There were a couple of items that presaged my interest in Japanese animation.
First were Saturday morning cartoons. Back in ancient times when I still watched television, my friends and I woke up at dawn on Saturdays and turned the television on, even though at that hour stations just broadcast test patterns, so that we would not miss anything once the programs started. Eventually our parents would wake up and throw us out of the house, but not before we had watched several hours of animation.
Cartoons fell into three classes. The least interesting were the innumerable Hanna-Barbera productions and similar. Yogi Bear, Quick-Draw McGraw, Top Cat, etc., they were all just mere entertainment: formulaic, cheap-looking and bland. They were better than a test pattern, but not by much.
Vastly better were the old Warner Brothers cartoons. These were superior in every respect to HB productions: voice acting, character design, art, animation, music, and particularly the writing. Bugs Bunny was far more vivid and alive than Yogi Bear could ever be. Bugs made me a Raymond Scott fan, too, though I didn’t know that at the time.
The best were the Jay Ward productions. Rocky and Bullwinkle looked even cheaper than Yogi Bear, but it didn’t matter. When the scripts were good, they were brilliant, and they were good more often than not.3 George of the Jungle was consistently good; Hoppity Hooper was downright trippy, as I recall (it’s hard to find; the episodes I’ve unearthed are decidedly eccentric, but I need to see more.) Although the shows were presented as kids’ entertainment, they were written for adults rather than dumbed down for dull children. Bullwinkle is one of the three great comic characters of the 20th century, along with Groucho Marx and Ignatius Reilly.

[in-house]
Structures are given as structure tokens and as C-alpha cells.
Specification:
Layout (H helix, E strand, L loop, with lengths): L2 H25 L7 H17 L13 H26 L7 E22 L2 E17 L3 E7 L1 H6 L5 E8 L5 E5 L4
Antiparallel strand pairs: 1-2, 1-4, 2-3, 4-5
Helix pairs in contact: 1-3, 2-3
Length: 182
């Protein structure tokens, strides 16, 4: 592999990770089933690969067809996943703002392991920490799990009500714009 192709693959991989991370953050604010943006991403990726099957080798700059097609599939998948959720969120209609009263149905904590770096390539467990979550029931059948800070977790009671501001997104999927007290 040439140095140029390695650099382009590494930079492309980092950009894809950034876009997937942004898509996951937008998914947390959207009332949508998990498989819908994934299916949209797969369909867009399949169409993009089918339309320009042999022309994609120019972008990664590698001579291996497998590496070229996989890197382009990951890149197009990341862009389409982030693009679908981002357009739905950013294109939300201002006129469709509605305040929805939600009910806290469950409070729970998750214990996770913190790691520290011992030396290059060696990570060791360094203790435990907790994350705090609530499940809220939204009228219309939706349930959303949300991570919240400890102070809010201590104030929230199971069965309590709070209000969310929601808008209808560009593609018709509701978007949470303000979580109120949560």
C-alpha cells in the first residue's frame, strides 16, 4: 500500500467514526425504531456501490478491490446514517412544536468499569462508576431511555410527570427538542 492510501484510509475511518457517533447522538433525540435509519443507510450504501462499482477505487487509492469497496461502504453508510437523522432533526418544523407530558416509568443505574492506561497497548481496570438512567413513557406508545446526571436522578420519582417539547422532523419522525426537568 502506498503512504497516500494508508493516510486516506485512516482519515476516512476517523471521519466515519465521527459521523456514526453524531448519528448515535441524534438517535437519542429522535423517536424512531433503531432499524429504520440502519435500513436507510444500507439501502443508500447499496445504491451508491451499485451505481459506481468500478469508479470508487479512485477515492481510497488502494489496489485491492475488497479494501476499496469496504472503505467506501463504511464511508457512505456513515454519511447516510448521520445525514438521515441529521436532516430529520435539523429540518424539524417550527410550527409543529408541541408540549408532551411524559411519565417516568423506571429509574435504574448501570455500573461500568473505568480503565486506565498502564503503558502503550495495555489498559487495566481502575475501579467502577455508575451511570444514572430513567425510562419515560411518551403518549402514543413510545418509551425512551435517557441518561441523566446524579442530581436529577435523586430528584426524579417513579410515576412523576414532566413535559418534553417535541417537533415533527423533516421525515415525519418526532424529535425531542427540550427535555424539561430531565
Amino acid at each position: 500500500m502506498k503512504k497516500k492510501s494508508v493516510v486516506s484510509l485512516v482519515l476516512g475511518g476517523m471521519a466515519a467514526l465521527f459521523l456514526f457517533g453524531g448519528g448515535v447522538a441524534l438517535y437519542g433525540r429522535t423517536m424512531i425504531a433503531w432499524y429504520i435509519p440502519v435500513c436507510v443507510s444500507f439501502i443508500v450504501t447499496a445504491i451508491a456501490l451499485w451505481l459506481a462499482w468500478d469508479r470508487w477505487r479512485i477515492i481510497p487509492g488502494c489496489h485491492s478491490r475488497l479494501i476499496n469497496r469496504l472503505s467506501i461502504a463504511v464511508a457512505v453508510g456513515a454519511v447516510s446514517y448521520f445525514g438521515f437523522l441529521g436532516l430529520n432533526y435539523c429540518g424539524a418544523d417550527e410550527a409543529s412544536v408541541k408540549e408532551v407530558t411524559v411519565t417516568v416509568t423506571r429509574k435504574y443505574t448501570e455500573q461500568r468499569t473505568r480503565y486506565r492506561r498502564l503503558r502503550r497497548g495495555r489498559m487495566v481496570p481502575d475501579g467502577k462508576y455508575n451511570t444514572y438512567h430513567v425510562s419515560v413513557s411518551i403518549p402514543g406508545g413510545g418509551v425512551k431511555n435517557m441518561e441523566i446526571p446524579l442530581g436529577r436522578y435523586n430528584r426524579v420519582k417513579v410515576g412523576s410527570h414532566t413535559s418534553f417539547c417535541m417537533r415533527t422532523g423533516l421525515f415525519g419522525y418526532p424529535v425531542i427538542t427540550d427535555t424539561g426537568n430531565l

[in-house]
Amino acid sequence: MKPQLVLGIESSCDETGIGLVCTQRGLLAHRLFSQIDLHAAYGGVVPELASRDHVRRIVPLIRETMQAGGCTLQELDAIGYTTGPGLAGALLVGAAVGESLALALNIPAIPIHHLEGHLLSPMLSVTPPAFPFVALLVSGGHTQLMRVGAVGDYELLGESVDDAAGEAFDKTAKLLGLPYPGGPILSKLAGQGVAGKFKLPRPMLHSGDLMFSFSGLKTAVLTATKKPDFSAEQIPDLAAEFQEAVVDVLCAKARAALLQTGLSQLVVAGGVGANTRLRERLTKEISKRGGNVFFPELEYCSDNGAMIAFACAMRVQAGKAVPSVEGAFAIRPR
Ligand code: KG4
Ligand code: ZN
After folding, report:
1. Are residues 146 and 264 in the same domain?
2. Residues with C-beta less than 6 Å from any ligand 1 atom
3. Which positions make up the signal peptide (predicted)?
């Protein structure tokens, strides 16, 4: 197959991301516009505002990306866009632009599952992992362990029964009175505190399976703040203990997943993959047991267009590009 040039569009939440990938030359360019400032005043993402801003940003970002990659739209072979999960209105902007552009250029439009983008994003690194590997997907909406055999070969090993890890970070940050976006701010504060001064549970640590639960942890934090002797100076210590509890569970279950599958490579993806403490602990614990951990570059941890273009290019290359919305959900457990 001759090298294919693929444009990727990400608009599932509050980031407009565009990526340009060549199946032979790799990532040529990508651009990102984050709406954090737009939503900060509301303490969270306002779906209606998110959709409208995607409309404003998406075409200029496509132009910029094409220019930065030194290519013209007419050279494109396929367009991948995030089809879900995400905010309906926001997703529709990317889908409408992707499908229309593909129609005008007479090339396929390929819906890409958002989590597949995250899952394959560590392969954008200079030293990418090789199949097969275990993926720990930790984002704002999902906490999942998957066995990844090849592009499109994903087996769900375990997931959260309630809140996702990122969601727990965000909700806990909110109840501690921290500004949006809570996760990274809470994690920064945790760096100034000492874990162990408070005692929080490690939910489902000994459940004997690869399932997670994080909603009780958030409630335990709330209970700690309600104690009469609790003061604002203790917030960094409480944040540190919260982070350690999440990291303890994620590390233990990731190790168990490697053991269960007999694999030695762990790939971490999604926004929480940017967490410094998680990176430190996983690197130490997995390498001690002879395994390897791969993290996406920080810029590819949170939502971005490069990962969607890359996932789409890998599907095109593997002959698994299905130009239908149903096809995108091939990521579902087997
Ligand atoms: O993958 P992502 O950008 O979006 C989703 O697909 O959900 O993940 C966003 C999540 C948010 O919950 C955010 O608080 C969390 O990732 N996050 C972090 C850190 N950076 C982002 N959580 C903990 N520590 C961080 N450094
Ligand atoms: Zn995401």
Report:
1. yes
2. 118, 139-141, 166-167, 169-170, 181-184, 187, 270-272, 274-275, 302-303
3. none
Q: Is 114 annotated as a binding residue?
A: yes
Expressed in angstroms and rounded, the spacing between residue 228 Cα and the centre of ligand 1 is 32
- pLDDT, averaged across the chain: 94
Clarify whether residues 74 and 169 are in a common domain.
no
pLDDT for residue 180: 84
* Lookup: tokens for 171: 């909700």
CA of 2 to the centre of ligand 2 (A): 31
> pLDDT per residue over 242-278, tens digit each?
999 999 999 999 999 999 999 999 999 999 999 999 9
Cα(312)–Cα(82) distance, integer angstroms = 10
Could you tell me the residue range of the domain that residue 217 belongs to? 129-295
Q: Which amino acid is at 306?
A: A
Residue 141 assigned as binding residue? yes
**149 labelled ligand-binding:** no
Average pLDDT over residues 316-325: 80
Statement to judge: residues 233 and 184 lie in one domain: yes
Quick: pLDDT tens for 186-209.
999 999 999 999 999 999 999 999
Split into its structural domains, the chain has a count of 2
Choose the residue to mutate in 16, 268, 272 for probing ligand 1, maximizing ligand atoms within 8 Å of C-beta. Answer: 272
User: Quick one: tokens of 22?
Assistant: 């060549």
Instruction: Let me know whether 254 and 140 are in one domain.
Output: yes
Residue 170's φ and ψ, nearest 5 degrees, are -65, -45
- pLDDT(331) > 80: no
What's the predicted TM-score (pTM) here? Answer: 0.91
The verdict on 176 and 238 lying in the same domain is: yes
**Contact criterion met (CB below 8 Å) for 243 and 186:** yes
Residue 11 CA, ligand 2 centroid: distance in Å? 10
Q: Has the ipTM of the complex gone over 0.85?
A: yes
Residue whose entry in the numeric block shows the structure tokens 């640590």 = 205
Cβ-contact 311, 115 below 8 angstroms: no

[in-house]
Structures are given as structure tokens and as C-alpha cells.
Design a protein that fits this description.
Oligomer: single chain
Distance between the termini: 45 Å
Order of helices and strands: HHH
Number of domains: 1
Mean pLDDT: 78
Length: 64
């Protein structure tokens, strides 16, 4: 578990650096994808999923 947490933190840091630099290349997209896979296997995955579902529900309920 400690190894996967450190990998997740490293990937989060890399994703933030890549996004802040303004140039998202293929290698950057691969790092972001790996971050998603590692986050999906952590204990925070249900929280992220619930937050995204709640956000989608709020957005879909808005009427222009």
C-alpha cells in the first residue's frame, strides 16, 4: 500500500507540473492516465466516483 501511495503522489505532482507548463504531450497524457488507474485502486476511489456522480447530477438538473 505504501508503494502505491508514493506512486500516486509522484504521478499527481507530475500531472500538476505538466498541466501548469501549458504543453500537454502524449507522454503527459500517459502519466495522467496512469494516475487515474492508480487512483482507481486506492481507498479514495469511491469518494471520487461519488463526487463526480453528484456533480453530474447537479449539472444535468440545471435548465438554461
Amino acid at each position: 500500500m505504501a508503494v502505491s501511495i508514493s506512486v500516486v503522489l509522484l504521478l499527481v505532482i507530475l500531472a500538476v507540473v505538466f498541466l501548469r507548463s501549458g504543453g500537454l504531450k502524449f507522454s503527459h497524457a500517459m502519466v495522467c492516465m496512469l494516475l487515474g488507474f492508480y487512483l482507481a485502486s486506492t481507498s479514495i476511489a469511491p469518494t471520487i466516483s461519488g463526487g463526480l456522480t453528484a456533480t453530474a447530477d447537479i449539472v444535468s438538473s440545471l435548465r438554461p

The other harbinger was Shounen Sarutobi Sasuke. This was the first animated Japanese movie to get a proper release in America, under the title Magic Boy. It turned up one Saturday afternoon at the kids’ matinee, and it blew away all the Disney movies I had ever seen. I thought it was the greatest movie ever made. I later saw Forbidden Planet, and that was the greatest movie ever made, and I eventually forgot Magic Boy.
Some years back, I tracked down a fansub of the movie. By every objective criterion it’s inferior to Disney products. But it had wildness and strangeness absent from its carefully-polished occidental counterparts, and it excited my imagination as no Disney movie ever had.
Books and music took the place of movies and television for me.
Half a lifetime later, I read a news article about a new children’s show being imported from Japan. It had something to do with girls who identified with the planets of the solar system and wore sailor suits. It sounded silly, but I was curious.
Several years after that, I read a review of an animated movie called Perfect Blue. It seemed worth seeing. Too bad it would never come to Wichita. Princess Mononoke looked interesting, too, but it also was unlikely ever to be shown here.
Not quite 20 years ago, a bodhran-playing friend turned out to have a DVD of Princess Mononoke. I asked to borrow it.
Update: I was annoyed to find that recent reissues of Rocky and Bullwinkle on DVD substituted different music for most of the openings and endings. Fortunately, you can find the correct music here. Pianists looking to enlarge their repertoire might consider assembling the incidental music to Dudley Do-Right into “silent movie” suite.
Don’t hold your breath waiting for the next installment.
It’s a pleasant day, and I have the windows open as I listen to Beethoven piano music. The dog yapping and howling across the alley adds a certain something not entirely inappropriate to the first movement of the Moonlight Sonata.
Q. How many Catholics does it take to change a lightbulb?
A. (Raises hand, extending three fingers) One.
I discovered a couple of acts worth investigating at this year’s Walnut Valley Festival. Muriel Anderson, who wrangled chickens for Chet Atkins, plays a hypertrophied harp guitar that combines guitar, bass and music box into a single instrument. Feel like dancing? Can you count thirteen?